For this reason, an alternate approach is proposed, which simplifies the calculation of the SJNR ratios. In particular, it is assumed that an active MS should be in position to estimate the channel matrices only from potential interfering MSs that are located either in sectors that belong to the same BS as the desired MS or in adjacent sectors of the specific MS’s sector. For all other BSs and sectors, the calculation of jamming values with respect to (9) is performed by considering random values for the corresponding channel matrices. Therefore, the desired MS should be in position to estimate and send back to its serving sector the channel matrices for up to four interfering MSs. Then, assuming cooperation only among adjacent BSs (i.e., up to 7 BSs), this information becomes available among each set of adjacent sectors. This procedure is illustrated in Figure 8, where MSs labeled as 2 and 3 interfere with the MS labeled as 1. The signal to the desired MS (i.e., green arrow) also propagates to the other two MSs (i.e., red and blue arrows). These individual signals are estimated and send back to MS1’s serving sector through the other two BSs.

In Figure 9, the mean number of active MSs is presented on a logarithmic scale in the vertical axis versus the number of allocated subcarriers per MS for one tier and two tiers of cells around the central cell, considering 16-QAM modulation. The MSJNR strategy as described in Algorithm 1 where all interfering MSs are included in the denominator of (9) is denoted by MSJNR1, while the proposed variation of this technique is denoted by MSJNR2.

652968.fig.009
Figure 9: Mean number of MSs for the MSJNR1 and MSJNR2 techniques.

As it can be observed from Figure 9, these two techniques have similar performance especially in the case of two tiers of cells around the central cell; hence, it is shown that the proposed subcarrier allocation strategy can be as beneficial as its original version in (9) with significantly reduced signaling burden.

5. Conclusions

A new subcarrier allocation strategy for MIMO-OFDMA multicellular networks has been presented, which improves network performance in terms of mean number of active users, compared to the case of allocating subcarriers based only on the maximization of the desired MS’s signal. As it was shown by the presented results, this improvement favors high data rate MSs (i.e., 16-QAM modulation and seven allocated subcarriers per MS), due to the increased levels of intercell interference in the network. Moreover, a variation of the proposed technique was presented as well, which significantly reduces signaling burden and overall complexity in cases of multicellular orientations. In this case, channel estimation and feedback to the BS are limited for up to four interfering MSs, as explained in the second part of Section 4.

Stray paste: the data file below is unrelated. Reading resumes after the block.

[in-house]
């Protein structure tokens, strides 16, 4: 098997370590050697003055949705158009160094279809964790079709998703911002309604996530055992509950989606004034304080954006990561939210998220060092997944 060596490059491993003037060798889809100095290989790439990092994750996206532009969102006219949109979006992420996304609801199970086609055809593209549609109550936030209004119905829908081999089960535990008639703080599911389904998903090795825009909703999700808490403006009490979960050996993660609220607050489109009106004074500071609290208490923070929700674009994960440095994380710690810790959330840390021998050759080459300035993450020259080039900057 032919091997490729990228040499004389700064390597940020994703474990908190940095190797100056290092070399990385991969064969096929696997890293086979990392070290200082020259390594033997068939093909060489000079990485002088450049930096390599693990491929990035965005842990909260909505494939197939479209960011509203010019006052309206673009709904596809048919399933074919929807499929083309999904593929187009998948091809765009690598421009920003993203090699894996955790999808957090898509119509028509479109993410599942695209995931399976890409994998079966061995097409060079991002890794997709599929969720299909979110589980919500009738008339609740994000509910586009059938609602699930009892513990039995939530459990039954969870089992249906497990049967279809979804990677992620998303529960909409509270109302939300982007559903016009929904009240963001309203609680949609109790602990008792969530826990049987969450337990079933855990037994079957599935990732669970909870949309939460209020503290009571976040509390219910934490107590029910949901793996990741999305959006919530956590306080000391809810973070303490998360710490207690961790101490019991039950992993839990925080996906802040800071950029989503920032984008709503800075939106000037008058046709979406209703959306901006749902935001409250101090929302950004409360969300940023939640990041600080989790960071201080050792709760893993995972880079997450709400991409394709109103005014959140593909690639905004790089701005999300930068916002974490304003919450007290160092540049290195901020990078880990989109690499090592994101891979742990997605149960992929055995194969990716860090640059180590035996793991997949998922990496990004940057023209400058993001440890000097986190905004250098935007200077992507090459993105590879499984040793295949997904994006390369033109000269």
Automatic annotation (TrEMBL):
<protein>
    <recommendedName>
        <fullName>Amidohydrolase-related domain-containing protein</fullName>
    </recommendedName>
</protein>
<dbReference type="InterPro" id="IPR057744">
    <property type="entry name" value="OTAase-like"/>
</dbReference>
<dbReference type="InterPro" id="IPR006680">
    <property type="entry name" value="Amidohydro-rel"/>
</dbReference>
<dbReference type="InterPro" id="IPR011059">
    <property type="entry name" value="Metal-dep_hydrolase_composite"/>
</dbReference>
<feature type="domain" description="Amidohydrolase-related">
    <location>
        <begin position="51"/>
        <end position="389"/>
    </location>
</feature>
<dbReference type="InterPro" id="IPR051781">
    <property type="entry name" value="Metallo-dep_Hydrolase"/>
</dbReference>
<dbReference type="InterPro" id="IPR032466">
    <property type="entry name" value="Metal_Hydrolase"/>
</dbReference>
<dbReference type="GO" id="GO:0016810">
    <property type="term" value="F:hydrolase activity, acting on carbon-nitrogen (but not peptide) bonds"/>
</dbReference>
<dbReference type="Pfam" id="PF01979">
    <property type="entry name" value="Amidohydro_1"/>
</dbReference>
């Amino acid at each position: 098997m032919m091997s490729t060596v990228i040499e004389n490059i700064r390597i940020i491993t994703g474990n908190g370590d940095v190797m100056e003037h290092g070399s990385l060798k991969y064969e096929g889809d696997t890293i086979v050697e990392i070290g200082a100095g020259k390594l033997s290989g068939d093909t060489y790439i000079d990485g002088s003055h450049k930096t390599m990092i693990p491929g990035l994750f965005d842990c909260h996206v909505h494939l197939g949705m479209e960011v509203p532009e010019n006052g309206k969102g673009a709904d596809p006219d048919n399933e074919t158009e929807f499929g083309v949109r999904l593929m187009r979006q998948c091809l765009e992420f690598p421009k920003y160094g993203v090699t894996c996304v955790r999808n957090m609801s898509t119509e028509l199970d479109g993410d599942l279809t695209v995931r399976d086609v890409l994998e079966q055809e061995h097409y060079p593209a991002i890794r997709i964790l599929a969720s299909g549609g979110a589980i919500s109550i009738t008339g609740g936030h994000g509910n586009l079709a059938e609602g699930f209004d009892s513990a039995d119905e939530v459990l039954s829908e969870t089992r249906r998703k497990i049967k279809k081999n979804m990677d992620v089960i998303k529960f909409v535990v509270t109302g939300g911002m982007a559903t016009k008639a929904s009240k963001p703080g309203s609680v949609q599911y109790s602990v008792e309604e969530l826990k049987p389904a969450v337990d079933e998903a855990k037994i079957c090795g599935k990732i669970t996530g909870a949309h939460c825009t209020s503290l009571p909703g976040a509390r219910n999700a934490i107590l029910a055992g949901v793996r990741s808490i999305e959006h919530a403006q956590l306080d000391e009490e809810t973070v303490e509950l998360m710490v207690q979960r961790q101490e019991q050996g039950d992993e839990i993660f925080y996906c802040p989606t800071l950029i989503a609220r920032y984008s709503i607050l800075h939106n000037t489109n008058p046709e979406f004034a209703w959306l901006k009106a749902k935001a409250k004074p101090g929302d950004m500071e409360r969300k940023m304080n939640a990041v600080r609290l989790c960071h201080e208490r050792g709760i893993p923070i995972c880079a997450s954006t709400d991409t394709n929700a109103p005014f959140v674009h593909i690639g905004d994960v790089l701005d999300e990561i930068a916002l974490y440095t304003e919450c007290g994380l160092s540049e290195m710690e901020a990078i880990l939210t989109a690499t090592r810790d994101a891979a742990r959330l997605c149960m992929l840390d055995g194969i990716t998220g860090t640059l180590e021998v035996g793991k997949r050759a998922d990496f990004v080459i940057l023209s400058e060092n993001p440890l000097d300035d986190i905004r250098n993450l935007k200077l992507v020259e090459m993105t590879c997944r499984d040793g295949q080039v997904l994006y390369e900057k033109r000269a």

Ongoing work includes among others the extension of the presented results for other MIMO-OFDMA orientations (i.e., more tiers of cells, different MIMO configurations, etc.) with limited feedback, as well as the evaluation of the proposed strategy in relay networks.

Conflict of Interests

The authors declare that they have no conflict of interests regarding the publication of this paper.

Acknowledgments

This research has been cofinanced by the European Union (European Social Fund/ESF) and Greek national funds through the Operational Program “Education and Lifelong Learning” of the National Strategic Reference Framework (NSRF) and Research Funding Program: THALIS-NTUA, “Novel Transmit and Design Techniques for Broadband Wireless Networks” (MIS 379489).